Chicago-based soul singer, songwriter, and poet Jamila Woods makes timely, sonorous protest music that is as beautiful to listen to as it is lyrically captivating. Able to frame seemingly personal topics in a larger societal context, Woods' 2016 album, Heavn, was revered as one of the years' essential listens. NPR Music's Suraya Mohamed wrote that the singer "never lost track of her own multitudes" on an album that is as culturally conscious and outward-focused as it is album about self-love.
Watch her Tiny Desk performance
More on Phoebe Bridgers from NPR's All Songs Considered: 2017's Best New Artist Might Just Be Phoebe Bridgers
23-year-old breakout singer-songwriter Phoebe Bridgers had everyone talking in 2017 leading up to and after the release of her debut LP, Stranger In the Alps. Hailing from Los Angeles, she's got a commanding, elegant voice that captures the emotional nuance of her poignant lyrics. NPR Music's Stephen Thompson wrote that her songs are "consistently, strikingly, beautiful," and that her diction "cries out for late-night drives and walks under headphones."
Watch her Tiny Desk performance
I'm With Her (Sara Watkins, Sarah Jarosz, and Aoife O'Donovan) from NPR's First Listen: Review: I'm With Her, 'See You Around'Folk-roots supergroup I'm With Her, composed of Sara Watkins, Aoife O'Donovan and Sarah Jarosz, released its debut album of original material earlier this year after first forming nearly four years ago. See You Around stands as an example of how to seamlessly, exquisitely bring together a blend of genres in a coherent, concise supergroup album. NPR Music's Jewly Hight wrote that "Coursing through the dozen songs is a spirit of searching restlessness, an impulse to keep moving rather than getting stuck on romantic disappointments, expectations or propriety."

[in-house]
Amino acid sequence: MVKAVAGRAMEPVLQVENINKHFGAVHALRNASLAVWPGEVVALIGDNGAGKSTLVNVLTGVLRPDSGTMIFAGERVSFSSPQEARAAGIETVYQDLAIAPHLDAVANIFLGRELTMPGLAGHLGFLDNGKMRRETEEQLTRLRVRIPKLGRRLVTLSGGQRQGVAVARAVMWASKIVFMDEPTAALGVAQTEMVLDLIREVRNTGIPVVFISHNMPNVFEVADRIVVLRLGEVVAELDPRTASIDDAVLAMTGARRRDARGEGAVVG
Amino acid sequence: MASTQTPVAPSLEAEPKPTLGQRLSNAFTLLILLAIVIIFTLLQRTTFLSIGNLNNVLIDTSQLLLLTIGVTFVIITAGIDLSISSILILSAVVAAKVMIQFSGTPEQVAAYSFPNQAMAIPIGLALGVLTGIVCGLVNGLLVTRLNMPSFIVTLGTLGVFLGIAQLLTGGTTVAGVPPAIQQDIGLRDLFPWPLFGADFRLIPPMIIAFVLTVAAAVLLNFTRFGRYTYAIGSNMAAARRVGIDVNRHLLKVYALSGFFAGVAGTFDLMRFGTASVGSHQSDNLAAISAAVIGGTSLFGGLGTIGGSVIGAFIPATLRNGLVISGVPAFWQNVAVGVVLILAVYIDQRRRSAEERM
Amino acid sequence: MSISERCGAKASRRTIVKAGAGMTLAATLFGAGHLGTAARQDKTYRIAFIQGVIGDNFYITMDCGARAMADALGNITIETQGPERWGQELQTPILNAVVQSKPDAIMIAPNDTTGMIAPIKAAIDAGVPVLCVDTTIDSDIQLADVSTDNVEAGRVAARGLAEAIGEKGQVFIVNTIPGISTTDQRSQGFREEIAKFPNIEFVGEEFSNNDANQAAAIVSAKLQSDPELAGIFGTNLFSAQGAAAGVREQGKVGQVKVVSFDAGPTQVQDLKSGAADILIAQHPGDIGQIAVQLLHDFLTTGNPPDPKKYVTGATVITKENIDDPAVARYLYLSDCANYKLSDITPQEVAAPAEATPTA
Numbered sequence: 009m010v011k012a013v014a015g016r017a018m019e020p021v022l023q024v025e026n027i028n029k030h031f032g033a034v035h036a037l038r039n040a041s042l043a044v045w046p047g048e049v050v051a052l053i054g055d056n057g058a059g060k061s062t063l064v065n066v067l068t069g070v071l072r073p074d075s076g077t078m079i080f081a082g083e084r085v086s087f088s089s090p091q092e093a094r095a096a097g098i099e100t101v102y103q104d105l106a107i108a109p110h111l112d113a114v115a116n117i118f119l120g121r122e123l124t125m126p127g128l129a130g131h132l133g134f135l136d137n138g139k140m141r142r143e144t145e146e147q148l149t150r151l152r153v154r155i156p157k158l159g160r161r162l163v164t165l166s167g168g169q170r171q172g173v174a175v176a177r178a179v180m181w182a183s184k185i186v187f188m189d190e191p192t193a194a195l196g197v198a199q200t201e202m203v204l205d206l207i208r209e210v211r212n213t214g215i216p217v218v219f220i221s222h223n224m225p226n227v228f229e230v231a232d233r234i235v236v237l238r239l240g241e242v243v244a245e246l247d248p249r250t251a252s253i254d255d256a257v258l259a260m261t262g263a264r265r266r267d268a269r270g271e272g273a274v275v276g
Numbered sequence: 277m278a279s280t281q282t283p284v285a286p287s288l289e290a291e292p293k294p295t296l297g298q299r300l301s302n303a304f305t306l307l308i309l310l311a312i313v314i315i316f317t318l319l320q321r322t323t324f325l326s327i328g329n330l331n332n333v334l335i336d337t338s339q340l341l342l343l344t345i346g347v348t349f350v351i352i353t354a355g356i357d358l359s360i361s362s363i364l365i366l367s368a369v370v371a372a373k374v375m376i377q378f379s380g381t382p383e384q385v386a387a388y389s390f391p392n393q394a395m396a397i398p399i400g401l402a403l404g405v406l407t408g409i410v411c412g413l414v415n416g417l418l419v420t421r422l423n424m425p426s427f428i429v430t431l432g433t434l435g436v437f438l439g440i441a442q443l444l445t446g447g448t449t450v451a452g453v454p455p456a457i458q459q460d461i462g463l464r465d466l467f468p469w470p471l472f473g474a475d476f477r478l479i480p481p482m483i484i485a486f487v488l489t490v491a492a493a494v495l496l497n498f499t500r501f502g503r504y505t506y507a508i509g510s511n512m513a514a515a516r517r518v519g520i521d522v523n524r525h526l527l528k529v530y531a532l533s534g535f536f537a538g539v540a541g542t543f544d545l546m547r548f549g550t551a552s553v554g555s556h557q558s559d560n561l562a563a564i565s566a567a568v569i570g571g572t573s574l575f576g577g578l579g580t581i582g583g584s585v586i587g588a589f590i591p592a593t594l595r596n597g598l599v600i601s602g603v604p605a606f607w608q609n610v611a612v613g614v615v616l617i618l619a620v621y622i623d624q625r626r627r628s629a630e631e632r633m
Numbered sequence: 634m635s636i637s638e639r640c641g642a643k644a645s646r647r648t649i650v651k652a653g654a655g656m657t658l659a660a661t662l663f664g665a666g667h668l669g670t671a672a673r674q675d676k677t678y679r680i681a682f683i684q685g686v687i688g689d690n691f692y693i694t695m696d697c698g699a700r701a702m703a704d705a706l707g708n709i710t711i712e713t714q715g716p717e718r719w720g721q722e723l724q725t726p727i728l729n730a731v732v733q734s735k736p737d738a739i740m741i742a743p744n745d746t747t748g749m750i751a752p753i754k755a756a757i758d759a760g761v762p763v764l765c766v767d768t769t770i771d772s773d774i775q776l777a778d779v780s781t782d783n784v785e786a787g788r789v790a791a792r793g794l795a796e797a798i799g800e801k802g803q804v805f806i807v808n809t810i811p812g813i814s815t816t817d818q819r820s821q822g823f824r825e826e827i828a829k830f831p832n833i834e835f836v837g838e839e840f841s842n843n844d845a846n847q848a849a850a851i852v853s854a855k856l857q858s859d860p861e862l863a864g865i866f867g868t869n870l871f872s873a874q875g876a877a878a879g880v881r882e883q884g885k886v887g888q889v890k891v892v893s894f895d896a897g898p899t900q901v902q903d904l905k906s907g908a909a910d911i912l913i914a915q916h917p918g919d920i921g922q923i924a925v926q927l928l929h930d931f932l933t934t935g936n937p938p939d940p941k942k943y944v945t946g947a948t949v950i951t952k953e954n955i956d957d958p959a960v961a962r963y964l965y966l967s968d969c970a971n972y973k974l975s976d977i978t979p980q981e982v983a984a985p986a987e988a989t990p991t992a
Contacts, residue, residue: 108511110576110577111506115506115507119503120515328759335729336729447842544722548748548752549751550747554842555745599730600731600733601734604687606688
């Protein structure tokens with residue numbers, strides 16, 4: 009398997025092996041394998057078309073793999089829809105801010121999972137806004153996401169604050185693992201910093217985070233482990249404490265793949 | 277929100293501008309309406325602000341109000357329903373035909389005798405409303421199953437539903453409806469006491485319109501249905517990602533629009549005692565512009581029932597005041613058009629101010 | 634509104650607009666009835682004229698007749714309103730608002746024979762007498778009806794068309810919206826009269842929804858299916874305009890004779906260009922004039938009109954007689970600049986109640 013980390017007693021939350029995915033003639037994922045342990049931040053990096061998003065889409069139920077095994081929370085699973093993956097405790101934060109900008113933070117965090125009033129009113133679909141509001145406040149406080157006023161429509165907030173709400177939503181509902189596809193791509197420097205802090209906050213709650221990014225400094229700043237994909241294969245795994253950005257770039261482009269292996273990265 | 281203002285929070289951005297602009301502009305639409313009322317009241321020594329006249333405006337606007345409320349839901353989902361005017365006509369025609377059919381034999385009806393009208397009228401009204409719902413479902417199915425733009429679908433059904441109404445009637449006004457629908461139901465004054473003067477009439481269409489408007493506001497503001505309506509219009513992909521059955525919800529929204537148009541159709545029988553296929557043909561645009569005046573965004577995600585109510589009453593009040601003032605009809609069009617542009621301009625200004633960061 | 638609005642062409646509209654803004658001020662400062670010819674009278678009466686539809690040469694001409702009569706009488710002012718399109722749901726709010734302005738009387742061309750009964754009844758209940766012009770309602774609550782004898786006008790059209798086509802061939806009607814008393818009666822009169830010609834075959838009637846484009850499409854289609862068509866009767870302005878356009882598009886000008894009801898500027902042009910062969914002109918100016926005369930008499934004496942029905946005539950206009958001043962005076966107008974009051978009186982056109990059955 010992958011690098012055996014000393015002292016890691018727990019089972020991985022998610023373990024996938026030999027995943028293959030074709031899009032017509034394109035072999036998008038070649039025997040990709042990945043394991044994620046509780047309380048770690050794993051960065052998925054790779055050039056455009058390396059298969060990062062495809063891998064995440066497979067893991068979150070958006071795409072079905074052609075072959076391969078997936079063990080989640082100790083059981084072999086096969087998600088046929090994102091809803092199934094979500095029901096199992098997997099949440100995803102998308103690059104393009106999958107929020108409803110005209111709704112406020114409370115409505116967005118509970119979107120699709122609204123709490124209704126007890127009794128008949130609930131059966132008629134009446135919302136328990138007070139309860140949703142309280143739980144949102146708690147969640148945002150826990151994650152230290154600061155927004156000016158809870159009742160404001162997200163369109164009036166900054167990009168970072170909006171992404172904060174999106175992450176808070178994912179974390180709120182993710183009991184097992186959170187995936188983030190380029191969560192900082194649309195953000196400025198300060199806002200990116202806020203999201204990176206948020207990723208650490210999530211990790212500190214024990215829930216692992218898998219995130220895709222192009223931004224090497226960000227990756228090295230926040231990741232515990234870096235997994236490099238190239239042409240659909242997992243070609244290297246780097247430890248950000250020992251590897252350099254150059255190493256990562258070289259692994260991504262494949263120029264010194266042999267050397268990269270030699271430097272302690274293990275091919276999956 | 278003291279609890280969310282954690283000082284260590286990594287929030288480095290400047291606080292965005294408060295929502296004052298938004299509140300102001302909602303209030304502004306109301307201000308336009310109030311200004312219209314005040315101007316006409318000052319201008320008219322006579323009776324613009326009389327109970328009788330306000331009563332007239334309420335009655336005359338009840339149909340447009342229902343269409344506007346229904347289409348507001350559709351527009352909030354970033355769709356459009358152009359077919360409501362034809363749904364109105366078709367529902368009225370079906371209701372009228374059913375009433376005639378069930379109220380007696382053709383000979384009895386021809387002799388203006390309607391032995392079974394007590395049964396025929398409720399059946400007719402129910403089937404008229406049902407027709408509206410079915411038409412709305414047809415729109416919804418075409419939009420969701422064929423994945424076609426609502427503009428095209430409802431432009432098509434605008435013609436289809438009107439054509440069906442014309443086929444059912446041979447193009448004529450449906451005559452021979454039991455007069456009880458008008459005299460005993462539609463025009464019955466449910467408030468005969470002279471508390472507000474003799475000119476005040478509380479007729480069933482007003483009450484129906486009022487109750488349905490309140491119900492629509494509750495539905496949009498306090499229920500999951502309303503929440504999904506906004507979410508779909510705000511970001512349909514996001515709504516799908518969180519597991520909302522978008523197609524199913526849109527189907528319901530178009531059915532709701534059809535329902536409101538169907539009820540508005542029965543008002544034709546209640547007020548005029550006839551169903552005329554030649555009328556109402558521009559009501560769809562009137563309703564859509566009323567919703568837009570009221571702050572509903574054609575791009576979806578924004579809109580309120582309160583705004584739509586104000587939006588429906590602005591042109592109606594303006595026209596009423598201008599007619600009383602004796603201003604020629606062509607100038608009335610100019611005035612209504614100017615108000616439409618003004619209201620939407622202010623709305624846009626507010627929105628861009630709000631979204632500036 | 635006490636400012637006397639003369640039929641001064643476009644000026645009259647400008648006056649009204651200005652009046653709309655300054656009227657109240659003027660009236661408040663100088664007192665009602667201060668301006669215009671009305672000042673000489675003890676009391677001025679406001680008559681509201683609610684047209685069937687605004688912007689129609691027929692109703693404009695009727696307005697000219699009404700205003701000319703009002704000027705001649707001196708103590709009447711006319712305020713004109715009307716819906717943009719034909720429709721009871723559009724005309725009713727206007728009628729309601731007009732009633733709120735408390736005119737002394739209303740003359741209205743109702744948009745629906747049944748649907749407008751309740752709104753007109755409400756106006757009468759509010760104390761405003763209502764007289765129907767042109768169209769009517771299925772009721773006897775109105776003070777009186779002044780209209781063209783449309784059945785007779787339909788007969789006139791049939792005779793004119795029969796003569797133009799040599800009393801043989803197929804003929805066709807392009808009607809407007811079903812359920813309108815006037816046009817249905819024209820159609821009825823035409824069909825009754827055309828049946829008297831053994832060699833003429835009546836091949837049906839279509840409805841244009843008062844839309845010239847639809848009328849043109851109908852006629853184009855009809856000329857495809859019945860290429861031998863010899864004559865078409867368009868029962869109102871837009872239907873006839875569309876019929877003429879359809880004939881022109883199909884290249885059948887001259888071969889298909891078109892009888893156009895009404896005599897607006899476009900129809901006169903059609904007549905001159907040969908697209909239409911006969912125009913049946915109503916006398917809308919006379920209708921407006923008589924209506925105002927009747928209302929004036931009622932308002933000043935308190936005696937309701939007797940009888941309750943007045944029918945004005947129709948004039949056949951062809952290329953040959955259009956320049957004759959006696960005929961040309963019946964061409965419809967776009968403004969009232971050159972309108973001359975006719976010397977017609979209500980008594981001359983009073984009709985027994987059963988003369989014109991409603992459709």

Watch their Tiny Desk performance
About NPR Music
For more than a decade, NPR Music's robust music journalism and award-winning original video programming has delighted millions of music fans from all genres. NPR Music collaborates with NPR's newsmagazines, public radio Member stations and the passionate listener community to celebrate exceptional music and discover emerging artists. Visit NPRMusic.org to find the complete Tiny Desk concert series, live music, extensive archives of performances, interviews and music reviews. Connect with NPR Music on Facebook, Twitter and Instagram.
About Lincoln Center
Lincoln Center for the Performing Arts (LCPA) serves three primary roles: presenter of artistic programming, national leader in arts and education and community engagement, and manager of the Lincoln Center campus. A presenter of more than 3,000 free and ticketed events, performances, tours, and educational activities annually, LCPA offers a variety of festivals and programs, including American Songbook, Avery Fisher Career Grants and Artist program, David Rubenstein Atrium programming, Great Performers, Lincoln Center Emerging Artist Awards, Lincoln Center Out of Doors, Lincoln Center Vera List Art Project, LC Kids, Midsummer Night Swing, Mostly Mozart Festival, White Light Festival, the Emmy Award–winning Live From Lincoln Center, which airs nationally on PBS, and Lincoln Center Education, which is celebrating more than four decades enriching the lives of students, educators, and lifelong learners. As manager of the Lincoln Center campus, LCPA provides support and services for the Lincoln Center complex and the 11 resident organizations: The Chamber Music Society of Lincoln Center, Film Society of Lincoln Center, Jazz at Lincoln Center, The Juilliard School, Lincoln Center Theater, The Metropolitan Opera, New York City Ballet, New York Philharmonic, The New York Public Library for the Performing Arts, School of American Ballet, and Lincoln Center for the Performing Arts.
Lincoln Center has become a leading force in using new media and technology to reach and inspire a wider and global audience. Reaching audiences where they are—physically and digitally—has become a cornerstone of making the performing arts more accessible to New Yorkers and beyond. For more information, visit LincolnCenter.org.
Lincoln Center is committed to providing and improving accessibility for people with disabilities. For information, contact Accessibility at Lincoln Center at email@example.com or 212.875.5375.